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Monthly Archives: February 2009

That’s the cover to their original 1976 EP, which I like more than the cover to their new compilation. -Ian!

The Nerves were the trio of guitarist Peter Case, bassist Jack Lee and drummer Paul Collins. The band orginally formed in San Francisco and eventually moved down to L.A., where they recorded an EP and cultivated a small scene of like-minded pop acts with tiny budgets. They supported the Ramones, and managed to shore up enough bread for a national tour. That lone recorded document of their brief career ended up being regarded as a hallmark of what was eventually termed “power pop.”

The Nerves’ EP is one of those items — like a bootleg videotape of a rare kung fu movie — that gets passed around between friends to get people in the know. “Oh, you like Guided By Voices? Well, wait’ll you hear the Nerves!”

It contains four numbers: “When You Find Out,” “Working Too Hard,” “Give Me Some Time” and “Hanging on the Telephone.” The last track probably looks familiar, and it should: While touring in Japan, Blondie heard the song in their limo and covered it as the opener on their now-canonical 1979 album Parallel Lines. Their version was released as a single and charted at No. 5 in the U.K. The song would be reinterpreted by a number of artists down the line — including Cat Power and Def Leppard — and, like most songs referencing phones, it landed in cell-phone commercials.

Anyone hearing the Nerves’ original recording of “Hanging on the Telephone” might be surprised. Blondie embellished the song with so many new-wave accoutrements (frilly organs, laser-guided guitar parts) that it was rendered into a blanched version of the original. The minimal instrumentation of the Nerves’ version, with the hoarse howl of its vocals and brisk pace, sounds more like the youthful vigor of early Beatles than the stylish sheen of new wave.

The remaining three tracks possess the same jaunty rhythms, deft instrumental interplay, bottled-up enthusiasm, sharp vocal harmonies and unflappable hooks that characterize the first Beatles singles.

But alas, it wasn’t meant to be. Shortly after their tour, the Nerves disbanded. Case and Collins attempted to re-form the band with a new guitarist under the moniker the Breakaways, but that turned out to have an even briefer life span than its predecessor. Lee penned a couple more songs for other artists before vanishing from the music industry. Collins went on to form the Beat, while Case carried on with the Plimsouls before creating a rather successful solo career for himself (even garnering a Grammy in recent years). Although these later careers eventually bore more monetarily successful fruits, on purely musical grounds their accomplishments are dwarfed by the influence and ingenuity of the Nerves’ four-song EP. It will endure long after Chinese Democracy is finally buried.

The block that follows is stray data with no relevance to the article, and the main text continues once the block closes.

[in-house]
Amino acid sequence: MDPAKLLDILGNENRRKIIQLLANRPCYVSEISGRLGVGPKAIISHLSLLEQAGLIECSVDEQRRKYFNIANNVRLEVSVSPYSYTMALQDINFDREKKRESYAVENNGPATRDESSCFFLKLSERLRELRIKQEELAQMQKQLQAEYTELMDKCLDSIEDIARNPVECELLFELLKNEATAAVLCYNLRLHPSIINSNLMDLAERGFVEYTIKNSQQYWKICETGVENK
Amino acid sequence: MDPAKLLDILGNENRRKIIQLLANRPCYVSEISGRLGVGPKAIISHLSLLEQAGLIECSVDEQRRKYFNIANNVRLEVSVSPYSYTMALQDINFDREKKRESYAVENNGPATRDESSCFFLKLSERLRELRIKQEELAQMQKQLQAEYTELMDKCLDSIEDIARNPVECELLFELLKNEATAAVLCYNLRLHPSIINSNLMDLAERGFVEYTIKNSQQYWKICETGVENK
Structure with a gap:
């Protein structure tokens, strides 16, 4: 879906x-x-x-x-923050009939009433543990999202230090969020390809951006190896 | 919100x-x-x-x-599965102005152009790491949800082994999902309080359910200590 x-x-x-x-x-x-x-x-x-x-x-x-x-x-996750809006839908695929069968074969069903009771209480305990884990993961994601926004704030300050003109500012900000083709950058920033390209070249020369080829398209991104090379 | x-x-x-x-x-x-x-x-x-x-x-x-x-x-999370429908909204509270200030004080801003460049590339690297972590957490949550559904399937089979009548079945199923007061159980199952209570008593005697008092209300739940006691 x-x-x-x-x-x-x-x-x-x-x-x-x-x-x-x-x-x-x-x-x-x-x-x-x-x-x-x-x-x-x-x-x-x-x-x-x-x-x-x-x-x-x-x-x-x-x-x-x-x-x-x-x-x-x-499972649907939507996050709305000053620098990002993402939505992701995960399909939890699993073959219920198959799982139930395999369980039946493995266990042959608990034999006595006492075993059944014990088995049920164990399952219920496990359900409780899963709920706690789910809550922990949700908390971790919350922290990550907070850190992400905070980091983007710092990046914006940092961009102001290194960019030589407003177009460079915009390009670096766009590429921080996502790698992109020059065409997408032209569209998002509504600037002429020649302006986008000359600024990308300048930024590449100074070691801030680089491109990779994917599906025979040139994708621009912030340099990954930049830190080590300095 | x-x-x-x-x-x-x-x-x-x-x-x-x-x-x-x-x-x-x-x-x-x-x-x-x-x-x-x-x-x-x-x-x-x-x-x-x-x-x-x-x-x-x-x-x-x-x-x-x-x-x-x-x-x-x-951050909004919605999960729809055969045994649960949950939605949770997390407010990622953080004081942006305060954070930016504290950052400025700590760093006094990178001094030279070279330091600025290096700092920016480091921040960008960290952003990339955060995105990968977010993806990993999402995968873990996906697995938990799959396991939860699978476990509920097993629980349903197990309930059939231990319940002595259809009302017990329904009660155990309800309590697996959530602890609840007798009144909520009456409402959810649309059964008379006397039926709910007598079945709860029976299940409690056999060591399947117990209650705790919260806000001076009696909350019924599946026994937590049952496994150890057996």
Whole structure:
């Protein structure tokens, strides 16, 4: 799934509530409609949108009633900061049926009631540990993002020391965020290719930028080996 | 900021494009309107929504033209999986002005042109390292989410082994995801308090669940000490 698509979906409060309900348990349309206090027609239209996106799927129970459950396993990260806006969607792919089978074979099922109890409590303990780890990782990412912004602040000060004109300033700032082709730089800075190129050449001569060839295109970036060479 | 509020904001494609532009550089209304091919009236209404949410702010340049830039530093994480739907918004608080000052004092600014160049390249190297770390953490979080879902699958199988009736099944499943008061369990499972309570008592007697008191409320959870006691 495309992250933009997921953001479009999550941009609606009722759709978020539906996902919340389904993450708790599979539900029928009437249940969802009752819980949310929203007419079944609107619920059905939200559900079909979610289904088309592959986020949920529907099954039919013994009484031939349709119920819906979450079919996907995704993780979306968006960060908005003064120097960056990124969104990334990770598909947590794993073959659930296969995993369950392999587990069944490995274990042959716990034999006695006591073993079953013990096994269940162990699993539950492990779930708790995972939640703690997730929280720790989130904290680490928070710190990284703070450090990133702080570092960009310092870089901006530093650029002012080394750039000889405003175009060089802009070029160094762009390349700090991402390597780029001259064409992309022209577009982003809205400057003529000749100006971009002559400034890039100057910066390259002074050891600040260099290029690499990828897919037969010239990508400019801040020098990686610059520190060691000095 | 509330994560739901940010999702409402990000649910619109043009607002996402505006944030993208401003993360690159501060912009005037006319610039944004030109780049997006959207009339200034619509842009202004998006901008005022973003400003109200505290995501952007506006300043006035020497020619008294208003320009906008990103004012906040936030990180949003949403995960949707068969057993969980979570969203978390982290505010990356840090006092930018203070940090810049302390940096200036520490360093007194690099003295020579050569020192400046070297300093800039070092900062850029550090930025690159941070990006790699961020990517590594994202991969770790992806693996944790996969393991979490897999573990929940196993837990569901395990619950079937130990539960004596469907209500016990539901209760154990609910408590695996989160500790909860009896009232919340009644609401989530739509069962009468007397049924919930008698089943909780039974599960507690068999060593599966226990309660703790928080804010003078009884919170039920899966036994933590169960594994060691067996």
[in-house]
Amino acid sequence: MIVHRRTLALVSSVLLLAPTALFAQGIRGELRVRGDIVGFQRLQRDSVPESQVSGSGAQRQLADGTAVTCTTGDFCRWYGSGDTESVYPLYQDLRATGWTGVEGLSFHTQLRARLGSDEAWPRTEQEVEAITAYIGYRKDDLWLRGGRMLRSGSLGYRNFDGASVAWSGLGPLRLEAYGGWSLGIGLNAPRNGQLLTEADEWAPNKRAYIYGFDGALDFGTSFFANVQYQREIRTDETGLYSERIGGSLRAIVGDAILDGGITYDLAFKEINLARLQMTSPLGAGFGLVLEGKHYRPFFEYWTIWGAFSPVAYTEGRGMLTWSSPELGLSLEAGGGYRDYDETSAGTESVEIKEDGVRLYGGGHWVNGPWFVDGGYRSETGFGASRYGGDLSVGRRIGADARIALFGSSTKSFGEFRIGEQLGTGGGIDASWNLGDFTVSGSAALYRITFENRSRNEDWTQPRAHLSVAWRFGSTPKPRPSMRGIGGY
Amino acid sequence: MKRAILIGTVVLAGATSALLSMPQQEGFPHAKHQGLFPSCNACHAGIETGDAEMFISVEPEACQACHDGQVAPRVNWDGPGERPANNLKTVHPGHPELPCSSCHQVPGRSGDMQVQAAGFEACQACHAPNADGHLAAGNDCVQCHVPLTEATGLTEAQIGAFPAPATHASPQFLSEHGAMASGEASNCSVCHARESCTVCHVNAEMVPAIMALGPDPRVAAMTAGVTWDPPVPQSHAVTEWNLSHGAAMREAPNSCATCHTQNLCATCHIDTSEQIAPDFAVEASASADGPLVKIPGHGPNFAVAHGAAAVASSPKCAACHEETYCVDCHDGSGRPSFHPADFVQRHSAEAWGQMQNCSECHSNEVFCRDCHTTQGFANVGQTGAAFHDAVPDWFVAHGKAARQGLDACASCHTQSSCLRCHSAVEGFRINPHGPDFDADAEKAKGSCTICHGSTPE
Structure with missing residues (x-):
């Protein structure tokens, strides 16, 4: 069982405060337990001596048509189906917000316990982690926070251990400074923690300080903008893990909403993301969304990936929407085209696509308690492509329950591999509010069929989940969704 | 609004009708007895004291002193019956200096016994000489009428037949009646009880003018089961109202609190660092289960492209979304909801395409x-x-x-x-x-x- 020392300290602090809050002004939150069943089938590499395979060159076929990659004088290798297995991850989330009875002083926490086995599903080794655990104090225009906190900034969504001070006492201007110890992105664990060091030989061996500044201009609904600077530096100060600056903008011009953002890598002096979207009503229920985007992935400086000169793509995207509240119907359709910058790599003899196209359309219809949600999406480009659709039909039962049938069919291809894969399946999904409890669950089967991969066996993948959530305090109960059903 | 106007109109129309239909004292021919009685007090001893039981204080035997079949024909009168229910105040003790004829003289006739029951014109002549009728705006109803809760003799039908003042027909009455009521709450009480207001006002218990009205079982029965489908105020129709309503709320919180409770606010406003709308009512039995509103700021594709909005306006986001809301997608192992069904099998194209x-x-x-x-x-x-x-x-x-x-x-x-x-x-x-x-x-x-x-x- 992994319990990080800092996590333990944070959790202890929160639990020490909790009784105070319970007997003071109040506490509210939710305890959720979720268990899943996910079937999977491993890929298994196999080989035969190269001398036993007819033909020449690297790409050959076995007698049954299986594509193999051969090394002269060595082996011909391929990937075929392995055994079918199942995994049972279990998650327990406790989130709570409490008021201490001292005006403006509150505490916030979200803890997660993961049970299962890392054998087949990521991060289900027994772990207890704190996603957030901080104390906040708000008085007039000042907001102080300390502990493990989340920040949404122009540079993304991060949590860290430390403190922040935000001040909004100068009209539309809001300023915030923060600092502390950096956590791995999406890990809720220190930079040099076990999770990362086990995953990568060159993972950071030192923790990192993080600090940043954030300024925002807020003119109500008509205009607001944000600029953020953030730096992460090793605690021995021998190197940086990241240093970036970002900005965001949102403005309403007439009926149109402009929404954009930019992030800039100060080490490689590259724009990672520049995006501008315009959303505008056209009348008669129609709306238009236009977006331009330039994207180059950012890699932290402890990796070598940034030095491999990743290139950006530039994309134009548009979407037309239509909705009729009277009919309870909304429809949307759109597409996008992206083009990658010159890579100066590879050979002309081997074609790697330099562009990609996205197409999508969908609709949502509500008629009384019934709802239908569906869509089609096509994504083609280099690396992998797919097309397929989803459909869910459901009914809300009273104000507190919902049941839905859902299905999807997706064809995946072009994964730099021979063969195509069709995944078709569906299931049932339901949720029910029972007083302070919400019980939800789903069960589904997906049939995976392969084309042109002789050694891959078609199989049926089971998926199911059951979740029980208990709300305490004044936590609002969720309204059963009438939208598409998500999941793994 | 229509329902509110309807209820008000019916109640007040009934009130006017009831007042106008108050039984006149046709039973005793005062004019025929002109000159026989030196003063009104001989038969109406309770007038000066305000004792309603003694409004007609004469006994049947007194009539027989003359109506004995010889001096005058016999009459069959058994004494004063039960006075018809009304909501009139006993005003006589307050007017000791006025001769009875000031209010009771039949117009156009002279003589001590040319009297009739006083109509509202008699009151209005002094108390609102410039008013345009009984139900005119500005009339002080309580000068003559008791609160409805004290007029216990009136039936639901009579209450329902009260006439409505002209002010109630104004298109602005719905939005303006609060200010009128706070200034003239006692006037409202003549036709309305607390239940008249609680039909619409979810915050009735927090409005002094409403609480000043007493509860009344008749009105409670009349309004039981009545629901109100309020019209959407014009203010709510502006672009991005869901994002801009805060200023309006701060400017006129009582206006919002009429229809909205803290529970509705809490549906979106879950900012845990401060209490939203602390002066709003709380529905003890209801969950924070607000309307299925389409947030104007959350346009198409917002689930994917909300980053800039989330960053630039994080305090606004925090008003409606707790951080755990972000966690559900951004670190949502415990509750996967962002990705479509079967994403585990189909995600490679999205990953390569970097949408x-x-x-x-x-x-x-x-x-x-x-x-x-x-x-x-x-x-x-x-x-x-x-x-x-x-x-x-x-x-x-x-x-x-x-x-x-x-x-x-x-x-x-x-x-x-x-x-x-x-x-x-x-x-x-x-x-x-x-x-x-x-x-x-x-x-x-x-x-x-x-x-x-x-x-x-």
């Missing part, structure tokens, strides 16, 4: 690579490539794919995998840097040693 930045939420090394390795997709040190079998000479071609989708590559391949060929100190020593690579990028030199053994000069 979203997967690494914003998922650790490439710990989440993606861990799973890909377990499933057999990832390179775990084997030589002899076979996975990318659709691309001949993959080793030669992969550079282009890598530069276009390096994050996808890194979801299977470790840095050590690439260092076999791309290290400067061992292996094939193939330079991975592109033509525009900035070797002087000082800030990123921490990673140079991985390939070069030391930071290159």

-LA Weekly

The Nerves-ONE WAY TICKET (2008)


The three-disc Wipers box, released by Greg Sage through his own Zeno label, is a rare instance where everyone is left happy, longtime convert and recently curious alike. Not only does it contain the Wipers’ earliest and most revered major works remastered in their entirety, it also jam-packs 23 bonus tracks of alternate takes and mixes, outtakes, and live tracks. Sage also provides band photos and extensive liner notes. The bonuses are a feast for dedicated fans who have owned the straight-ahead new wave of Is This Real?, the epic chug of Youth of America, and the tightly coiled brilliance of Over the Edge since their first pressings. The previously orphaned material especially won’t sound much different in quality to fresh ears than the choice album material, and — most importantly — listeners mustn’t feel as if they’re paying extra for them. Thanks to Sage’s lack of greed, you’d be spending more money by picking up used copies of the three releases this bases itself on. And if that’s not enough perspective, the bonus tracks are actually worth the price alone — no kidding. If you have any interest whatsoever, you really can’t afford to not pick it up. Your collection should have as much space for this band as it does Hüsker Dü, the Minutemen, and Mission of Burma. These three discs comprise some of the most articulate, urgent, intense, and proficient rock & roll made in the name of alienation.